client's log never showed any signs of distress, even thought the
consoles of both servers were filling with error messages.

Jack

On Tue, Feb 4, 2014 at 4:06 PM, Tony Su tonysu999@gmail.com wrote:

Hi Jack,
Although I'm a bit new to this, too...

  1. You should take a look at your ES log files. Depending on how you
    installed and are running ES, the log files could be in different
    places. If
    I were to guess though, you should look in the following directory
    /var/log/elasticsearch/

  2. One of the first things I did was to install and run
    elasticsearch-head
    to get near-runtime visibility the status and distribution of the nodes,
    indexes, shards, etc.

HTH,
Tony

On Tuesday, February 4, 2014 3:50:27 PM UTC-8, Jack Park wrote:

I confess that, at least for me, documentation, including purchased
books, remains a bit ambiguous, where the context is that of making my
ES client talk to two different servers.

In the end, I did nothing to the elasticsearch.yml files at each
server; it simply was not clear what needed to be changed.

I did present two IP addresses to the client, but nothing else. That
is, I didn't set "sniff" to true, or tell it to ignore cluster names
since each server box has just one ES installation running.

At startup, I could see that both servers were responding, but soon
they each blew up with a flurry of error messages which mean little to
me. I bet they're meaningful, except that somewhere near the top where
the initial error occurred and which is no-longer visible, perhaps
something important was stated.

The client's log file correctly stated:
connected to 10.1.10.179:9300
and
connected to 10.1.10.178:9300

but the log of the 179 server said words to this effect:
zen-disco-node_failed[...][inet 10.1.10.80:9301]

I guess I missed something: I don't have a 10.1.10.80 on that
network...

On the surface, is there something obvious I missed?

Many thanks in advance for ideas.

Jack

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(Mark Walkom) #6

Did you change the cluster name as the blog suggested?

And can you clarify what client you are using as well?

Regards,
Mark Walkom

Infrastructure Engineer
Campaign Monitor
email: markw@campaignmonitor.com
web: www.campaignmonitor.com

On 5 February 2014 12:20, Jack Park jackpark@topicquests.org wrote:

That's very timely.

The second-to-start node is receiving a join request from 10.1.10.80:9303
even though 10.1.10.80 does not ping from anywhere in the network

I'll look into adding http://www.elastichq.org/ to the browser and see
what it says.

Many thanks
Jack

On Tue, Feb 4, 2014 at 5:13 PM, Mark Walkom markw@campaignmonitor.com
wrote:

What client are you using?

You'd be well placed to install a plugin such as elastichq or kopf to
monitor things as well. It might help tell you where this other node
(10.1.10.80) is coming from.

Regards,
Mark Walkom

Infrastructure Engineer
Campaign Monitor
email: markw@campaignmonitor.com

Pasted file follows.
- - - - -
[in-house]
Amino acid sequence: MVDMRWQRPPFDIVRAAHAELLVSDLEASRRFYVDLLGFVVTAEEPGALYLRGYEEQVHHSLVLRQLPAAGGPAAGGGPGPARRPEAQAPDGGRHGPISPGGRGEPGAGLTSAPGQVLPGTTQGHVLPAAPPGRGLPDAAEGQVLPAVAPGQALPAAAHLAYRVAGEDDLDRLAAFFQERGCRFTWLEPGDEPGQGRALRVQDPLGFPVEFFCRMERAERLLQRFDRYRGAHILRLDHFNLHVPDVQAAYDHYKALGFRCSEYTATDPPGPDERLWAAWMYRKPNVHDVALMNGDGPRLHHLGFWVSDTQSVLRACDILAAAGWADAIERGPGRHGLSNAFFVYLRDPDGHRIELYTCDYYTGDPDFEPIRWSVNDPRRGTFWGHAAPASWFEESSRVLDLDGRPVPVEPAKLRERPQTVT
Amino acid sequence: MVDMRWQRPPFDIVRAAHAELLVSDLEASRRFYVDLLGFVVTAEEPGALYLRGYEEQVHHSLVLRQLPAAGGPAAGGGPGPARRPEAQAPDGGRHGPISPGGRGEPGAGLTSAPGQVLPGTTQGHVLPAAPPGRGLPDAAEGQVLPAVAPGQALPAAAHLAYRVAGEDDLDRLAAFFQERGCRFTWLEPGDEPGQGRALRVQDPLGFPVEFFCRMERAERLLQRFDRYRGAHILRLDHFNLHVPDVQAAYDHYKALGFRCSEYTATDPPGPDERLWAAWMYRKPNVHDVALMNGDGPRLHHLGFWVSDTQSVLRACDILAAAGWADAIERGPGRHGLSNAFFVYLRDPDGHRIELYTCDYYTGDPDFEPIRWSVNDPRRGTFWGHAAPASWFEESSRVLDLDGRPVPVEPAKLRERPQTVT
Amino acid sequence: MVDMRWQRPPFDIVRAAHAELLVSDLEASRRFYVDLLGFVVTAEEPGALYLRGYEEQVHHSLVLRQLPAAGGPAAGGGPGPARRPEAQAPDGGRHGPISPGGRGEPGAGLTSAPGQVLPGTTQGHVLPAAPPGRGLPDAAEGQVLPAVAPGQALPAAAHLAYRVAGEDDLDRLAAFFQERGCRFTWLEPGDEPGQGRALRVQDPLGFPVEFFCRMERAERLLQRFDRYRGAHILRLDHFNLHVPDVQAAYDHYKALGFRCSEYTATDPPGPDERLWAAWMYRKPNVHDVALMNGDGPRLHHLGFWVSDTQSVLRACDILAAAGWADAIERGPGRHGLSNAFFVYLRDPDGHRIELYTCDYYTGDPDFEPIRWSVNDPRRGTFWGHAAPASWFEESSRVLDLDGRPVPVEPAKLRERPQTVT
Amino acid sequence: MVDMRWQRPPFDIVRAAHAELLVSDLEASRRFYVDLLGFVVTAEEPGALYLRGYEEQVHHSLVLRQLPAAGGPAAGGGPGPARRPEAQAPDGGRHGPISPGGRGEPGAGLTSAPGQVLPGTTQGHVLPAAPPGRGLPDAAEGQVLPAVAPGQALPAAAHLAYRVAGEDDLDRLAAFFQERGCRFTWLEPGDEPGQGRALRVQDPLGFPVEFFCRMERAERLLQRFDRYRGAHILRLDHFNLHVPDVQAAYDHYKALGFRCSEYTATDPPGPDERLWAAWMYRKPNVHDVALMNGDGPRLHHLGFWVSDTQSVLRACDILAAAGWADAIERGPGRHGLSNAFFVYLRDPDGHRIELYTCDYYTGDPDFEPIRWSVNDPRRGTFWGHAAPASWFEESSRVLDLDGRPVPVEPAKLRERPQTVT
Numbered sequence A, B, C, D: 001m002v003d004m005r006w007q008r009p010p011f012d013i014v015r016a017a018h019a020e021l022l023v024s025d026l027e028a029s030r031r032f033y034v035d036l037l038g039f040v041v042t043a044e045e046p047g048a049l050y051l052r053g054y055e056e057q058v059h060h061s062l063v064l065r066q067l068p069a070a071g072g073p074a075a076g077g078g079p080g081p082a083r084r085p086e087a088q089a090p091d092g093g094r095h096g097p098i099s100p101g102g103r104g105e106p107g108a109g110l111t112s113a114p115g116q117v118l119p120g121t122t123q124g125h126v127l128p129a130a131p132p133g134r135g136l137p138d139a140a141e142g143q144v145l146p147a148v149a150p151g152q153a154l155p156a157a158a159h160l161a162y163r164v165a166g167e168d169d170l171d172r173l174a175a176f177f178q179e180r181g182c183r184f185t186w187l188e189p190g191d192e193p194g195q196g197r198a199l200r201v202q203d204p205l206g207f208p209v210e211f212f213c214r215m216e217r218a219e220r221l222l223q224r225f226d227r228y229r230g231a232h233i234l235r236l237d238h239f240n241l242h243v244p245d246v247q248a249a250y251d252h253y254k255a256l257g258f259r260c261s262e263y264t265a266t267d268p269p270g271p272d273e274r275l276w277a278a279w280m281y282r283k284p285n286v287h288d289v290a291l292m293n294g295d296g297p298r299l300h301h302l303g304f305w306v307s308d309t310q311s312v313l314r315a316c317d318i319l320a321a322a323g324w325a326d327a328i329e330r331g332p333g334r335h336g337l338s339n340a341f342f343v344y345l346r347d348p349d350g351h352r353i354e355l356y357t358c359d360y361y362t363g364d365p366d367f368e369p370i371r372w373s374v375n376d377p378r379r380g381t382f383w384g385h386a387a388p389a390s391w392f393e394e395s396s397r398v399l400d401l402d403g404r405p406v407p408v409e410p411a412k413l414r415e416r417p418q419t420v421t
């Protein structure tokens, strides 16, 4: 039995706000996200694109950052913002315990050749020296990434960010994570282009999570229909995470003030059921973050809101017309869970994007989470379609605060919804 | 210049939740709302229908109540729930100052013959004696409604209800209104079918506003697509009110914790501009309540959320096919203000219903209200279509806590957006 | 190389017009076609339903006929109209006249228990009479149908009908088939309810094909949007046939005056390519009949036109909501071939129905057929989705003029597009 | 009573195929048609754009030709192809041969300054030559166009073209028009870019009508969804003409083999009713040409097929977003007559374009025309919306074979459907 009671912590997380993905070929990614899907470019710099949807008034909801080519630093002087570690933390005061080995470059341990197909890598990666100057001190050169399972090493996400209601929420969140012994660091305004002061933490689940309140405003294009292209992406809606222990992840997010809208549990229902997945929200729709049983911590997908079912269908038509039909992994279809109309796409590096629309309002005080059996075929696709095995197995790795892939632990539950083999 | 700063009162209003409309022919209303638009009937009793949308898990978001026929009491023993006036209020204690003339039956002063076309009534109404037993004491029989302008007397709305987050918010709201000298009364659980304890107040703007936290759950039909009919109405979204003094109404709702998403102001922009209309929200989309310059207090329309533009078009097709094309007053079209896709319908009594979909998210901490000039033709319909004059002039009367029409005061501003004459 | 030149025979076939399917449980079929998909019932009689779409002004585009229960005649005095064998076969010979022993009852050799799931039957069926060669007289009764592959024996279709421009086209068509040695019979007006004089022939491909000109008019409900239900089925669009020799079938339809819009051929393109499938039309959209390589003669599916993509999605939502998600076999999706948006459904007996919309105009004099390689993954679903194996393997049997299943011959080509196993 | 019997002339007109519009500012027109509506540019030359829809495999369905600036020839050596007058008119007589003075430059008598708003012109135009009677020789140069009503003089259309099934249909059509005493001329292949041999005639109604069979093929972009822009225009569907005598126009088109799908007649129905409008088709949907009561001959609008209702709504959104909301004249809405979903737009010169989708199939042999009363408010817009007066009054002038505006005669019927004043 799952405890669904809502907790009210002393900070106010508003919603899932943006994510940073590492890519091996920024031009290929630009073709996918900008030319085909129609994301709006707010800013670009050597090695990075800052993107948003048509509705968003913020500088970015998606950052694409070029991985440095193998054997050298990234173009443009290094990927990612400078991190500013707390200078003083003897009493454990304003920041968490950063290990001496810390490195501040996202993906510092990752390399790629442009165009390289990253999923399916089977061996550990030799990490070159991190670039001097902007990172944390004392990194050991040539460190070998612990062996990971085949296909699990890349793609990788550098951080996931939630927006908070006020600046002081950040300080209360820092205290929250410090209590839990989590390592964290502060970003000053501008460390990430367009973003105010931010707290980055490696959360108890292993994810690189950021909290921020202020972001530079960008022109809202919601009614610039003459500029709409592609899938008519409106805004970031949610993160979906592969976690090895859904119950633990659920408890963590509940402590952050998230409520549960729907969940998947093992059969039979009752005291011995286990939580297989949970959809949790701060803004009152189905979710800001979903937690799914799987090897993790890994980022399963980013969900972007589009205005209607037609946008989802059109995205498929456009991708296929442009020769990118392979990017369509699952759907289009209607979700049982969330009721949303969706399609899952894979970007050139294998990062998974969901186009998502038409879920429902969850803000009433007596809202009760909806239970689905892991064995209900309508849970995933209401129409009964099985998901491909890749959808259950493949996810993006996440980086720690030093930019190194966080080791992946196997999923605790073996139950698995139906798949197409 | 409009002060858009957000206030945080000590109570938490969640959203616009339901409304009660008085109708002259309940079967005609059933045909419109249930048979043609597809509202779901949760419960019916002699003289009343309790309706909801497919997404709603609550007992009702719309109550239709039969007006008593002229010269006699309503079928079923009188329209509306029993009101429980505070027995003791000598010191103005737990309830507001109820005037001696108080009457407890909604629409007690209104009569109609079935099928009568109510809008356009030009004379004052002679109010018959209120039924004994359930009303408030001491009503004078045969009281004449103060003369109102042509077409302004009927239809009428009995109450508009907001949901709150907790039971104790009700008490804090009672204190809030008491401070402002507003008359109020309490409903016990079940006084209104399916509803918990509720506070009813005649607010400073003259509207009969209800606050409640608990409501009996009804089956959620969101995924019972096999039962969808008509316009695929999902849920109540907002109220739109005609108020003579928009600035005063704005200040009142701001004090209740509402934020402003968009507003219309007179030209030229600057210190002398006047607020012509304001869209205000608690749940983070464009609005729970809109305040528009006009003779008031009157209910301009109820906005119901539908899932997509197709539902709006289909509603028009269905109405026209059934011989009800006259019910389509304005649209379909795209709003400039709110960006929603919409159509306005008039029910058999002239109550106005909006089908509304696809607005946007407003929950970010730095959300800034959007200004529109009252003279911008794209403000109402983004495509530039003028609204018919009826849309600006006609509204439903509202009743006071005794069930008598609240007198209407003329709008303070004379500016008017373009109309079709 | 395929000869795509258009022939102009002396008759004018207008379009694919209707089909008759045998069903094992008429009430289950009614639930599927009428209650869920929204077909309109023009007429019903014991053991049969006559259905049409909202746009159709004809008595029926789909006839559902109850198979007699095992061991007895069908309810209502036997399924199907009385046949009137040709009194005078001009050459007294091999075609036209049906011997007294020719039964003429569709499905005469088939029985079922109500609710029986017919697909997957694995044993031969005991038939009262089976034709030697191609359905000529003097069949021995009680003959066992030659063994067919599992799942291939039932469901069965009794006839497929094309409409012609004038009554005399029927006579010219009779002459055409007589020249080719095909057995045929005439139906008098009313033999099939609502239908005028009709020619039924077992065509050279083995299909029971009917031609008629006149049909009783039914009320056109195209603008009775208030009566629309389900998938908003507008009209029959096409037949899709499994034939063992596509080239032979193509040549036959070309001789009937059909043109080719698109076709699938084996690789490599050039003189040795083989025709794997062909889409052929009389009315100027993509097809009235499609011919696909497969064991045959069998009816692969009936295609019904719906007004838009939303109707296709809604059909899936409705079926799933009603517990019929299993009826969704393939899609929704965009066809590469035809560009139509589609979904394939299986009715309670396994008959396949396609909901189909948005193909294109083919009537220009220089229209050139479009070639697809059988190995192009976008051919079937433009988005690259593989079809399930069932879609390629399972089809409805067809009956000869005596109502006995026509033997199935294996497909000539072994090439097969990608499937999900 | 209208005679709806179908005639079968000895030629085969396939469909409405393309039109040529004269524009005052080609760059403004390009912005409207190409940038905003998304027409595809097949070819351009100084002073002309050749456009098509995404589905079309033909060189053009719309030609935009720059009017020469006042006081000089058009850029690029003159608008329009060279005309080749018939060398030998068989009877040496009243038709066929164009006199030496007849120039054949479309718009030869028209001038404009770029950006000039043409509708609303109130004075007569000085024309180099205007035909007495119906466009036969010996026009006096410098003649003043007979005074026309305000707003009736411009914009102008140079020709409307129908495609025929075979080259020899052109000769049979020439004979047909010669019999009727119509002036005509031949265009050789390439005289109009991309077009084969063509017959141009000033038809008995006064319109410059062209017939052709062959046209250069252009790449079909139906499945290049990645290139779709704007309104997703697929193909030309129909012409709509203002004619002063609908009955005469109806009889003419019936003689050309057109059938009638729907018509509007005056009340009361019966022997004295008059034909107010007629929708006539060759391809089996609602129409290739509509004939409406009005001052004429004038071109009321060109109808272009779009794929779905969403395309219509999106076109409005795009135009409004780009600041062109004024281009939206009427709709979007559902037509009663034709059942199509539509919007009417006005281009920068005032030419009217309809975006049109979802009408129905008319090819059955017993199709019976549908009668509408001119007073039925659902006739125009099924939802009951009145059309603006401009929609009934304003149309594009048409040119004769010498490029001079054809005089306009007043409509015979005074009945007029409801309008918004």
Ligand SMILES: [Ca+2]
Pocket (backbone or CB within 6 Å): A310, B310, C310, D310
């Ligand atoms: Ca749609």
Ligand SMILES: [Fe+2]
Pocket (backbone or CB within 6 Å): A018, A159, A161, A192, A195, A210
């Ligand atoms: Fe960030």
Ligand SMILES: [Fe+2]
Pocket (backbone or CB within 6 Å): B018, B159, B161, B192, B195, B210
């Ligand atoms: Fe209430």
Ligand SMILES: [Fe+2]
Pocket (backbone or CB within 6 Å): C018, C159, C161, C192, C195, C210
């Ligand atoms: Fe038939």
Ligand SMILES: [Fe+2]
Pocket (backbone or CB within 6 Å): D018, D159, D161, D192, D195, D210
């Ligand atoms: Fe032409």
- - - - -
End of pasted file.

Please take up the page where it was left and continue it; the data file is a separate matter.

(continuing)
web: www.campaignmonitor.com

On 5 February 2014 12:09, Jack Park jackpark@topicquests.org wrote:

Hi Tony,

I did look at the logs.

Also, I restarted everything and followed the instructions found at

http://techhari.blogspot.com/2013/03/elasticsearch-cluster-setup-in-2-minutes.html

Both nodes are started; I got a message from the first one that it
added a cluster when the second node started.
I then opened a browser and got the JSON string indicated on that
page, meaning, at least to me, that I have an operating cluster.

Next up is to fire up the client again and see if things explode
again. In the last run, I was sending over data to be indexed, and the
client's log never showed any signs of distress, even thought the
consoles of both servers were filling with error messages.

Jack

On Tue, Feb 4, 2014 at 4:06 PM, Tony Su tonysu999@gmail.com wrote:

Hi Jack,
Although I'm a bit new to this, too...

  1. You should take a look at your ES log files. Depending on how you
    installed and are running ES, the log files could be in different
    places. If
    I were to guess though, you should look in the following directory
    /var/log/elasticsearch/

  2. One of the first things I did was to install and run
    elasticsearch-head
    to get near-runtime visibility the status and distribution of the
    nodes,

indexes, shards, etc.

HTH,
Tony

On Tuesday, February 4, 2014 3:50:27 PM UTC-8, Jack Park wrote:

I confess that, at least for me, documentation, including purchased
books, remains a bit ambiguous, where the context is that of making
my

ES client talk to two different servers.

In the end, I did nothing to the elasticsearch.yml files at each
server; it simply was not clear what needed to be changed.

I did present two IP addresses to the client, but nothing else. That
is, I didn't set "sniff" to true, or tell it to ignore cluster names
since each server box has just one ES installation running.

At startup, I could see that both servers were responding, but soon
they each blew up with a flurry of error messages which mean little
to